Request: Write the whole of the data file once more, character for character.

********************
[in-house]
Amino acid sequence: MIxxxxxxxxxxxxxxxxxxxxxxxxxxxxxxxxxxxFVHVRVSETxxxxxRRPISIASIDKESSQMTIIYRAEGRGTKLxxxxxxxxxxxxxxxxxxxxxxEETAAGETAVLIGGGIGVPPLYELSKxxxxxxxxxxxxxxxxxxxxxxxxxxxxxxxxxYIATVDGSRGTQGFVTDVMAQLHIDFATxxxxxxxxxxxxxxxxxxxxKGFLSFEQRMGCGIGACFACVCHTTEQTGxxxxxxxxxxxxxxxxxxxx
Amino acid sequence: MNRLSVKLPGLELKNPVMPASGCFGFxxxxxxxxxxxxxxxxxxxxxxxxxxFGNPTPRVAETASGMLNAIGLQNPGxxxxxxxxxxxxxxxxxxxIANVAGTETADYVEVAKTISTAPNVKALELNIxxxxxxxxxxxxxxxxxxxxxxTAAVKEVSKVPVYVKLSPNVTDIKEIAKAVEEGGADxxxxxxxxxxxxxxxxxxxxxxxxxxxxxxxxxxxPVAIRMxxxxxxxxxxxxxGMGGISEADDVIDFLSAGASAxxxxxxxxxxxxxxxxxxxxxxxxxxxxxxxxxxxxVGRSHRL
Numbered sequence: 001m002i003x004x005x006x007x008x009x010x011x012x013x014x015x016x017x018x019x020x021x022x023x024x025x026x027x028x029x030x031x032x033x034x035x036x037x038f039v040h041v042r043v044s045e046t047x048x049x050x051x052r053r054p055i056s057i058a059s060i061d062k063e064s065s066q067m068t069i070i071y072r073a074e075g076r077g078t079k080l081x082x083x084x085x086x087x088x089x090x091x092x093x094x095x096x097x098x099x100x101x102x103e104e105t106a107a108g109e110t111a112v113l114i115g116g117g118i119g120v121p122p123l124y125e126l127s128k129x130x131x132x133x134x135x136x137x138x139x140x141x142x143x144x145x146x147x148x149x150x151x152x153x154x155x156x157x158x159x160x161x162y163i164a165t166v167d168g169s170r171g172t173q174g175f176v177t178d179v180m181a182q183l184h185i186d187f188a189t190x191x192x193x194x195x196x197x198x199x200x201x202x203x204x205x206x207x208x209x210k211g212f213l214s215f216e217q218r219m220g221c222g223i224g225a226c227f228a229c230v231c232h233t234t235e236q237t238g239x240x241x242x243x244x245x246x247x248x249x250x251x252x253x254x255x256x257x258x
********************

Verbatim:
[in-house]
Amino acid sequence: MIxxxxxxxxxxxxxxxxxxxxxxxxxxxxxxxxxxxFVHVRVSETxxxxxRRPISIASIDKESSQMTIIYRAEGRGTKLxxxxxxxxxxxxxxxxxxxxxxEETAAGETAVLIGGGIGVPPLYELSKxxxxxxxxxxxxxxxxxxxxxxxxxxxxxxxxxYIATVDGSRGTQGFVTDVMAQLHIDFATxxxxxxxxxxxxxxxxxxxxKGFLSFEQRMGCGIGACFACVCHTTEQTGxxxxxxxxxxxxxxxxxxxx
Amino acid sequence: MNRLSVKLPGLELKNPVMPASGCFGFxxxxxxxxxxxxxxxxxxxxxxxxxxFGNPTPRVAETASGMLNAIGLQNPGxxxxxxxxxxxxxxxxxxxIANVAGTETADYVEVAKTISTAPNVKALELNIxxxxxxxxxxxxxxxxxxxxxxTAAVKEVSKVPVYVKLSPNVTDIKEIAKAVEEGGADxxxxxxxxxxxxxxxxxxxxxxxxxxxxxxxxxxxPVAIRMxxxxxxxxxxxxxGMGGISEADDVIDFLSAGASAxxxxxxxxxxxxxxxxxxxxxxxxxxxxxxxxxxxxVGRSHRL
Numbered sequence: 001m002i003x004x005x006x007x008x009x010x011x012x013x014x015x016x017x018x019x020x021x022x023x024x025x026x027x028x029x030x031x032x033x034x035x036x037x038f039v040h041v042r043v044s045e046t047x048x049x050x051x052r053r054p055i056s057i058a059s060i061d062k063e064s065s066q067m068t069i070i071y072r073a074e075g076r077g078t079k080l081x082x083x084x085x086x087x088x089x090x091x092x093x094x095x096x097x098x099x100x101x102x103e104e105t106a107a108g109e110t111a112v113l114i115g116g117g118i119g120v121p122p123l124y125e126l127s128k129x130x131x132x133x134x135x136x137x138x139x140x141x142x143x144x145x146x147x148x149x150x151x152x153x154x155x156x157x158x159x160x161x162y163i164a165t166v167d168g169s170r171g172t173q174g175f176v177t178d179v180m181a182q183l184h185i186d187f188a189t190x191x192x193x194x195x196x197x198x199x200x201x202x203x204x205x206x207x208x209x210k211g212f213l214s215f216e217q218r219m220g221c222g223i224g225a226c227f228a229c230v231c232h233t234t235e236q237t238g239x240x241x242x243x244x245x246x247x248x249x250x251x252x253x254x255x256x257x258x